You can also edit the Python code directly with the required state structure:
class MyNewState: #StateID = ?
After you create a state, you can get back to the creation wizard by right-clicking the state name in the Code Tree → Reconfigure.
Working with StateIDs
Classes defined with the
#StateID = ? comment are parsed as Pynapse states. If the StateID is
then Pynapse will automatically assign a number to the state for you. The StateIDs are shown next to
the state name in the Code Tree.
You can include regular classes in the code that aren't Pynapse states by excluding the
from the class definition.
The StateID number is saved into the data tank when state changes occur during runtime. It is important that the
StateIDs are consistent across recordings. If you make changes to your Pynapse source code and all of the StateIDs
? then these numbers will change if you add or remove states from your source code. This will make it harder to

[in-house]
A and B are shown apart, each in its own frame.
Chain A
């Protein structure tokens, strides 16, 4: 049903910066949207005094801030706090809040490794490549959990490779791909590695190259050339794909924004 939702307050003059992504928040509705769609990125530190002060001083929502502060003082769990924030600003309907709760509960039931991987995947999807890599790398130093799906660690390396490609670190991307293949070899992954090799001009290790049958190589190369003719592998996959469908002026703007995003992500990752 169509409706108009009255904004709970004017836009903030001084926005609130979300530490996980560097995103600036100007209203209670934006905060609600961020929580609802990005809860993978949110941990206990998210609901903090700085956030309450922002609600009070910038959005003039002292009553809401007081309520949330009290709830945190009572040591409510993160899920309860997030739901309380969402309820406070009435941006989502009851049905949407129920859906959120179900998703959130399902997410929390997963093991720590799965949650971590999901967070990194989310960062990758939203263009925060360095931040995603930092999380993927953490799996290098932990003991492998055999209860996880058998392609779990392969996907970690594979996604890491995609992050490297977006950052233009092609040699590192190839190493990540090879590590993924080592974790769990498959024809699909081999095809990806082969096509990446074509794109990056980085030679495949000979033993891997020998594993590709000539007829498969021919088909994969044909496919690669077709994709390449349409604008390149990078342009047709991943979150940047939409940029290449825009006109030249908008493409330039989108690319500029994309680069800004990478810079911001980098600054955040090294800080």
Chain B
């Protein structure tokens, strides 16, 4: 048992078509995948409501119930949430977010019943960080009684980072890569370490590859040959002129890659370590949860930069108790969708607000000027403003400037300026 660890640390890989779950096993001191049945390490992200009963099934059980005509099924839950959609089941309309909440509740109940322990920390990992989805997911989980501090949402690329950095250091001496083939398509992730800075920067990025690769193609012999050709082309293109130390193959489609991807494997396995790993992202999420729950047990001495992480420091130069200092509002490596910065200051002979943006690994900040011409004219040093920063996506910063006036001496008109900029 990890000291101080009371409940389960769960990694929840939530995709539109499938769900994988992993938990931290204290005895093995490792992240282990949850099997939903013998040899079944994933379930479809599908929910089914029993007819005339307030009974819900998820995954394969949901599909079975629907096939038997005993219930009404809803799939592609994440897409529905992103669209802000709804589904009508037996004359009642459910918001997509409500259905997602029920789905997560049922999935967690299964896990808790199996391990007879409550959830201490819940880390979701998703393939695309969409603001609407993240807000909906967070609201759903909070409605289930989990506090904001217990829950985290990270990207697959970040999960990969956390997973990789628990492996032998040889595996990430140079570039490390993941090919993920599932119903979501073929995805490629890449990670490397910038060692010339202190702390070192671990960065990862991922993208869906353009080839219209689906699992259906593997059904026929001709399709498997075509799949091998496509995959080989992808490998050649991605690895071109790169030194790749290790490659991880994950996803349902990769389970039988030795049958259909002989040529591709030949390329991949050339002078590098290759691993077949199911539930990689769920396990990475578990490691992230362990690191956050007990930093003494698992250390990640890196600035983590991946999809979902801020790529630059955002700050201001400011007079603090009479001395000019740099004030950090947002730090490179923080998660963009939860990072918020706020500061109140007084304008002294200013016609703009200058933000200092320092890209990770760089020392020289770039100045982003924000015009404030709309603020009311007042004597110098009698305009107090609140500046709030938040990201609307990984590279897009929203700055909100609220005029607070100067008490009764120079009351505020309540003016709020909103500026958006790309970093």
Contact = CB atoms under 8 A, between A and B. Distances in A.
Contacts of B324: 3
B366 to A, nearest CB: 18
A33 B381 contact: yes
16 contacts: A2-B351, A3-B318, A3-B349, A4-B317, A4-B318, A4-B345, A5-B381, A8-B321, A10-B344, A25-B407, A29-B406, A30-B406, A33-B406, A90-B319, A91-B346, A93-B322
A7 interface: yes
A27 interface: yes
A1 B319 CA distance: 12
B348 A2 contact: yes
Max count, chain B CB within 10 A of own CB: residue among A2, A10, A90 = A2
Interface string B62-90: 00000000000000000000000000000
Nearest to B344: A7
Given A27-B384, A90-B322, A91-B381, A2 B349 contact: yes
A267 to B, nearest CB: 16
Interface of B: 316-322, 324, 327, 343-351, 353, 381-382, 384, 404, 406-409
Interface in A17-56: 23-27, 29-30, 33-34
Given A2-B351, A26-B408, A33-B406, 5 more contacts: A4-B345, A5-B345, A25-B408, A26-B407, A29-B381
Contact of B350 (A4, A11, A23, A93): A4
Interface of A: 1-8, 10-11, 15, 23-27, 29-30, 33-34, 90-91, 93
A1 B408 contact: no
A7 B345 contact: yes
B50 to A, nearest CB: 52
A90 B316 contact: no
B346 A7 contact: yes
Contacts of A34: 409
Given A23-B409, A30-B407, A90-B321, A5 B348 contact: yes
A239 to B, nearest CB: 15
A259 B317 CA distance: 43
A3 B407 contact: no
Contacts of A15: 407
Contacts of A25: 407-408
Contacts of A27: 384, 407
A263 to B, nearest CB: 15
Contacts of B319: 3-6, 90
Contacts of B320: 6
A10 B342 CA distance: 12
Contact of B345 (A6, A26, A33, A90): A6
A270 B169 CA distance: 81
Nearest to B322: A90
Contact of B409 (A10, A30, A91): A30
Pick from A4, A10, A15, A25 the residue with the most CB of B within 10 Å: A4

organize your data during post-processing if you are trying to compare data made with your newer experiment
to recordings made with earlier versions of your experiment.
The solution is to lock the StateIDs to a value right in the comment, like
#StateID = 555. If you already
have code written with automatically generated StateIDs, you can lock the current StateIDs in place by right-clicking
on 'Main' and select 'Commit State IDs'. This will overwrite all of the
#StateID = ? comments with their assigned
#StateID = 1010.
StateIDs have to be defined in order (top to bottom) in the Python source code. For example,
this code is invalid because the state class defined with
#StateID = 2 is before
#StateID = 1.
class Always: #StateID = 0
class MyState1: #StateID = 2
class MyState2: #StateID = 1
As experiments get more complicated, it is helpful to see an overview of how the states, inputs, and outputs are connected. Click the Flow Chart button to see a graphical representation of all these links. Double-click on a state in the Flow Chart to show it in the code editor. Right-click the Flow Chart button to center the dialog on screen.